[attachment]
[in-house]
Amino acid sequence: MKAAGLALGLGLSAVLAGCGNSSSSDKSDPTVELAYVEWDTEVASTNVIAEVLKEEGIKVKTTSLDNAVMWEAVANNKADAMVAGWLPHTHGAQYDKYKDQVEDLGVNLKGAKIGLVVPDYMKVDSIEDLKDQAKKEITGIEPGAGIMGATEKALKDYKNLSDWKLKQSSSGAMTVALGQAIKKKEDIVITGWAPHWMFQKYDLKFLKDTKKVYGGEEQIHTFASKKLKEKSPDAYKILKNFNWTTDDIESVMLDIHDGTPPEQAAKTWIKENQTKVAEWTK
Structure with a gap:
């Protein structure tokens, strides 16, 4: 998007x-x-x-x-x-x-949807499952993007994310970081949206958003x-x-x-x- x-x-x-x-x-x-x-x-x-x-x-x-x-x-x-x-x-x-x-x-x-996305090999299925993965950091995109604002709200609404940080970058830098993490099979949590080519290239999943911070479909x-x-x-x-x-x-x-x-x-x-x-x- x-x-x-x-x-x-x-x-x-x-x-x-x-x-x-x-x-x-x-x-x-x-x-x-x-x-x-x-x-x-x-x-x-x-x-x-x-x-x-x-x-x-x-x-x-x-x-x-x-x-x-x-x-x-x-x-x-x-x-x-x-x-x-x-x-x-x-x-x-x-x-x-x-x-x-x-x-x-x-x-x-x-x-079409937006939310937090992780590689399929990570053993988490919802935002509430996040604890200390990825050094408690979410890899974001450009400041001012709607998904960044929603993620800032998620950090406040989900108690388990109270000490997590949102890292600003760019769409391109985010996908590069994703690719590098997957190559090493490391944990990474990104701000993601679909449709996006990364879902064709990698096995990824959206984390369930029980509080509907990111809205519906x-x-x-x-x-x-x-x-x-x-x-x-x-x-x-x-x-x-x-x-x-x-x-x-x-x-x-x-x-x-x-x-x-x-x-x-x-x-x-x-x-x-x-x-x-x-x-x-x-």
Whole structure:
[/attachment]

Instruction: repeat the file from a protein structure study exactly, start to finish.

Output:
[in-house]
Amino acid sequence: MKAAGLALGLGLSAVLAGCGNSSSSDKSDPTVELAYVEWDTEVASTNVIAEVLKEEGIKVKTTSLDNAVMWEAVANNKADAMVAGWLPHTHGAQYDKYKDQVEDLGVNLKGAKIGLVVPDYMKVDSIEDLKDQAKKEITGIEPGAGIMGATEKALKDYKNLSDWKLKQSSSGAMTVALGQAIKKKEDIVITGWAPHWMFQKYDLKFLKDTKKVYGGEEQIHTFASKKLKEKSPDAYKILKNFNWTTDDIESVMLDIHDGTPPEQAAKTWIKENQTKVAEWTK
Structure with a gap:
């Protein structure tokens, strides 16, 4: 998007x-x-x-x-x-x-949807499952993007994310970081949206958003x-x-x-x- x-x-x-x-x-x-x-x-x-x-x-x-x-x-x-x-x-x-x-x-x-996305090999299925993965950091995109604002709200609404940080970058830098993490099979949590080519290239999943911070479909x-x-x-x-x-x-x-x-x-x-x-x- x-x-x-x-x-x-x-x-x-x-x-x-x-x-x-x-x-x-x-x-x-x-x-x-x-x-x-x-x-x-x-x-x-x-x-x-x-x-x-x-x-x-x-x-x-x-x-x-x-x-x-x-x-x-x-x-x-x-x-x-x-x-x-x-x-x-x-x-x-x-x-x-x-x-x-x-x-x-x-x-x-x-x-079409937006939310937090992780590689399929990570053993988490919802935002509430996040604890200390990825050094408690979410890899974001450009400041001012709607998904960044929603993620800032998620950090406040989900108690388990109270000490997590949102890292600003760019769409391109985010996908590069994703690719590098997957190559090493490391944990990474990104701000993601679909449709996006990364879902064709990698096995990824959206984390369930029980509080509907990111809205519906x-x-x-x-x-x-x-x-x-x-x-x-x-x-x-x-x-x-x-x-x-x-x-x-x-x-x-x-x-x-x-x-x-x-x-x-x-x-x-x-x-x-x-x-x-x-x-x-x-």
Whole structure: